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Paper 4 - 27 September 2002 Meeting 

ASSOCIATION OF HAMPSHIRE AND ISLE OF WIGHT LOCAL AUTHORITIES

27 September 2002

TOWARDS A CYCLING STRATEGY

Report by the Chief Executive of Test Valley Borough Council and the Policy Manager

INTRODUCTION

1. The Chairman of the National Cycling Strategy Board, Steven Norris, wishes to discuss cycling strategy with local authority partners. The presentation at today’s meeting will be the first of a series of meetings with regional associations around the country. Steven Norris will be accompanied by Fred Offen from the Department for Transport.

MEMBER AUTHORITY CYCLING STRATEGIES

2. It is particularly appropriate to consider this subject in Hampshire at the moment because the County Council has carried out a major review of cycling strategy (Environmental Policy Review Committee, 4 September 2002). Other authorities have also carried out proactive work on cycling, in many cases in collaboration with each other.

THE WORK OF THE NATIONAL CYCLING STRATEGY BOARD

3. Steven Norris will explain the work of the Board in promoting cycling across the country. Of particular interest to Members at this stage is the proposal to audit local authority performance in supporting cycling. This work will start with five pilot projects at different scales from regional to district level. The five areas selected are the West Midlands, Nottinghamshire and Nottingham, Oxfordshire, Sheffield and Test Valley. The pilots will help to define the criteria which will then be used for the audit of cycling policy and practice in all local authorities.

THE CASE FOR CYCLING

4. Most western European countries are increasing the total length and percentage of journeys by bike, except in the UK where these figures are probably falling. Bicycle ownership in the UK is high but this does not convert into journeys. The Government has set a target in the National Cycling Strategy for quadrupling cycle use by 2012 from a baseline level in 1996.

5. Last year there were over 260,000 deaths in the U.K. from heart and heart-related diseases. Cycling, which is regarded by some as a dangerous activity, accounted for 160 deaths in the same period. The British Medical Association has stated that cycling 20 miles per week (2 miles each way, per day, in a five day working week) would reduce a person's propensity to heart disease by approximately 50% over the rest of the population. No drug has yet been devised which comes even close.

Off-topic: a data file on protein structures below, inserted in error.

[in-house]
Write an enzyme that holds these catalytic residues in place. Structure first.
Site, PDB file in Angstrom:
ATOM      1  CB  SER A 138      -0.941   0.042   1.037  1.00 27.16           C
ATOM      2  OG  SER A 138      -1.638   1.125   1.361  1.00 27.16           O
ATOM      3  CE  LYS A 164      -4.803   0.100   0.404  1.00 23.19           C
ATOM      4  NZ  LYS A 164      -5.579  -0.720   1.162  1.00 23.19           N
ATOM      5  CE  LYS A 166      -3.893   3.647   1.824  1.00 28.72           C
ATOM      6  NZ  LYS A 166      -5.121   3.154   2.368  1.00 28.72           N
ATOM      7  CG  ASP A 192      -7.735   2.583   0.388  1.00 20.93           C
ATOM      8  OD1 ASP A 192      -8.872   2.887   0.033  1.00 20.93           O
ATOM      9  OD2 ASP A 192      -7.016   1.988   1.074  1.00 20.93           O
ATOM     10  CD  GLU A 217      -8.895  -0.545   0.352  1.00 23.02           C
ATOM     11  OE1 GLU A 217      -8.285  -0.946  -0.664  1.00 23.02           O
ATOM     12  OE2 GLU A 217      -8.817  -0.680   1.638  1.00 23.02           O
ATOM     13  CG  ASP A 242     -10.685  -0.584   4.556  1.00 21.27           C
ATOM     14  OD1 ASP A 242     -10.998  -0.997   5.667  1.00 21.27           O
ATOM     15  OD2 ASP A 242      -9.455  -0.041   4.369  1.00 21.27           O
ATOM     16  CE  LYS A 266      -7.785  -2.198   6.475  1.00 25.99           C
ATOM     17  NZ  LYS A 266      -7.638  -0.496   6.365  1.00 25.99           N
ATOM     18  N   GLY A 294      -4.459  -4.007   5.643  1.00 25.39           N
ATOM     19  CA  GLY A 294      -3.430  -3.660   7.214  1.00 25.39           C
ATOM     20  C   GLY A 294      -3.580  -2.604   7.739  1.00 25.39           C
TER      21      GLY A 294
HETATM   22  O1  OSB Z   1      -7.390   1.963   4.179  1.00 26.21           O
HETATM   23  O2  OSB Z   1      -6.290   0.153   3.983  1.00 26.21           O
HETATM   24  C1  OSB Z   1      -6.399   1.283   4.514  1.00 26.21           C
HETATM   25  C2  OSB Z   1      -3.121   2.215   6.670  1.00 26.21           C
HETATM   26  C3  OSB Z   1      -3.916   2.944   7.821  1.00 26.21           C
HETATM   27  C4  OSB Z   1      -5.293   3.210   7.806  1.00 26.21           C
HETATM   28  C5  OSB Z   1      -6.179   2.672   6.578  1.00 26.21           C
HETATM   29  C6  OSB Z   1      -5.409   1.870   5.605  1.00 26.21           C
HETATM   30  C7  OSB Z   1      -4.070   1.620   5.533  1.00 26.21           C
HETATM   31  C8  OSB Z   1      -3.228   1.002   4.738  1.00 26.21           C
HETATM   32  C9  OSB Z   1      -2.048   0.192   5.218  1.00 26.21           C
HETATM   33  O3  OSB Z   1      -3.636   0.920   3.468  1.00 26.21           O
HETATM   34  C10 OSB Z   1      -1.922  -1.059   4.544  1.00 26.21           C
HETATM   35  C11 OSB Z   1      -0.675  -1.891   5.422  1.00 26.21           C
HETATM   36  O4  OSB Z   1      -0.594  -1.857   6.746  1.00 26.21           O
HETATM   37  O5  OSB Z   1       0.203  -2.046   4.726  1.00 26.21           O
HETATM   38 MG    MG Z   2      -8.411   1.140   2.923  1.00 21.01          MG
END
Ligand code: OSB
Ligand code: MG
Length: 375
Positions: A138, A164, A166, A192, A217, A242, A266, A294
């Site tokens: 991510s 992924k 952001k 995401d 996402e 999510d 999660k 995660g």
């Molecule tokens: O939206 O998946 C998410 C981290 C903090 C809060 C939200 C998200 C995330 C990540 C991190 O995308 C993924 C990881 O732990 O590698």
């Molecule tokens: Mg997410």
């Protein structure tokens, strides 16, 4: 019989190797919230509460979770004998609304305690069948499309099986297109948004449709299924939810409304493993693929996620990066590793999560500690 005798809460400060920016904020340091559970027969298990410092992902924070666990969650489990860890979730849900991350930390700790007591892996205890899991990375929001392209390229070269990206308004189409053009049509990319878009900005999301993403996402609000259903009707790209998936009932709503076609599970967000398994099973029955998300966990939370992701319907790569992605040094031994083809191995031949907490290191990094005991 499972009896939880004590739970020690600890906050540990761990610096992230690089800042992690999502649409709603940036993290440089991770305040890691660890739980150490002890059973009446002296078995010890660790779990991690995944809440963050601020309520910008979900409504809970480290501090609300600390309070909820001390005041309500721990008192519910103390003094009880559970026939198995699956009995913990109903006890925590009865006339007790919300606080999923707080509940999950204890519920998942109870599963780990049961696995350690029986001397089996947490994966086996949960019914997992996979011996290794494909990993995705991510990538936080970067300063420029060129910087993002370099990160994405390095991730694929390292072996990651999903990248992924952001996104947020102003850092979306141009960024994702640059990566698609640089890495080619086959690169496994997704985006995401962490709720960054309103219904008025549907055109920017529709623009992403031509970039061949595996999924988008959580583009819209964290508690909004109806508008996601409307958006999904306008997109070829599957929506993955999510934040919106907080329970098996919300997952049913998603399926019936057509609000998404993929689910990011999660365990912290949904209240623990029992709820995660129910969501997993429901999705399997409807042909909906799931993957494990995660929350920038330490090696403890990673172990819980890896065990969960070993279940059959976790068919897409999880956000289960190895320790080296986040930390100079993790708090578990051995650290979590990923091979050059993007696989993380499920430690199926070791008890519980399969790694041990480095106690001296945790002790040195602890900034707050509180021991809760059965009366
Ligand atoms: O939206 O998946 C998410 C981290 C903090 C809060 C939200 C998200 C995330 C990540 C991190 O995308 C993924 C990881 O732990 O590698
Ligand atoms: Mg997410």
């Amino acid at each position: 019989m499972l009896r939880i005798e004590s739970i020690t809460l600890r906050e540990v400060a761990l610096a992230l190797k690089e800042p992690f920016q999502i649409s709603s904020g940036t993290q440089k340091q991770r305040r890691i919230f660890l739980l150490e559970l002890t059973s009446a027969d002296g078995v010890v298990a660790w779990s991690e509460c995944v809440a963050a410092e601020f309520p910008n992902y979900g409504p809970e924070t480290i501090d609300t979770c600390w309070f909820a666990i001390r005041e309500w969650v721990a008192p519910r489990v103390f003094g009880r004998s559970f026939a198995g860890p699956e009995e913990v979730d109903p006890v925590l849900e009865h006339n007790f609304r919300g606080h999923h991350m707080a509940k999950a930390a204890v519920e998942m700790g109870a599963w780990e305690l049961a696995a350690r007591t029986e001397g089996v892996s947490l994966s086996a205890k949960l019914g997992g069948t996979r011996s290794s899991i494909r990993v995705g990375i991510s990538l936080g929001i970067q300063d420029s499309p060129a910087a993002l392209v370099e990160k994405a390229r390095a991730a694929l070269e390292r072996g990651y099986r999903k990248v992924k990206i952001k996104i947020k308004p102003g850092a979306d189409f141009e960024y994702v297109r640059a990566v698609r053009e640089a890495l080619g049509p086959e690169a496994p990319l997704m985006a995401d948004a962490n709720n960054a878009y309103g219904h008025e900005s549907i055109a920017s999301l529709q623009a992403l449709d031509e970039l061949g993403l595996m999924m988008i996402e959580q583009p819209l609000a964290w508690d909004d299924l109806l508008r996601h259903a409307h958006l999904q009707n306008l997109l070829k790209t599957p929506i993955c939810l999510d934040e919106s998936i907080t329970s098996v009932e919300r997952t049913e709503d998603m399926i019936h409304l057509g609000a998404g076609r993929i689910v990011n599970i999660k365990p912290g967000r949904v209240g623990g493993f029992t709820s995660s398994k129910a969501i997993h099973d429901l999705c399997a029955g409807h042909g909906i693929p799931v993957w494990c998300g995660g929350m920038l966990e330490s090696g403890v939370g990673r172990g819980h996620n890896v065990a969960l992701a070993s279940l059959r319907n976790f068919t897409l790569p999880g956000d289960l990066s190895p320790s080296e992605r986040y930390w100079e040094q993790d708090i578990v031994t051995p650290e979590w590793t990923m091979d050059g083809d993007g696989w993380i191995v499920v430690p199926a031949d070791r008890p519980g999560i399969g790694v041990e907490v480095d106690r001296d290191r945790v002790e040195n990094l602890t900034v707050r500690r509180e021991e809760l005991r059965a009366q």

6. European experience shows that as cycling increases, road safety for cyclists and all road users goes up, not down, as might be feared.

7. Consider an example such as Andover. The whole population of the town lives within a 2 mile radius of the centre, and 75% of the jobs in the town are occupied by those who live there. It is not particularly hilly and has the road capacity to accept the introduction of cycle lanes. The biggest cause of death in the resident population is heart disease related to poor diet, smoking and lack of exercise.

8. European experience also shows that cyclists spend more in local shops, and as tourists, on accommodation and food/drink, than motorists. If shops can be encouraged to increase home deliveries, cycle-shopping could increase.

9. Furthermore, we can make a difference with modest investment. In providing cycle routes you get motorways for the price of footpaths.

ALAN JONES
Chief Executive, Test Valley Borough Council

NICK GOULDER
Policy Manager

Date: 9 September 2002
Annex: 0
Contact: Nick Goulder - 023 8068 8431, E-mail hiow@eastleigh.gov.uk

Last update: 17/09/2002
Author: Nick Goulder, Policy Manager

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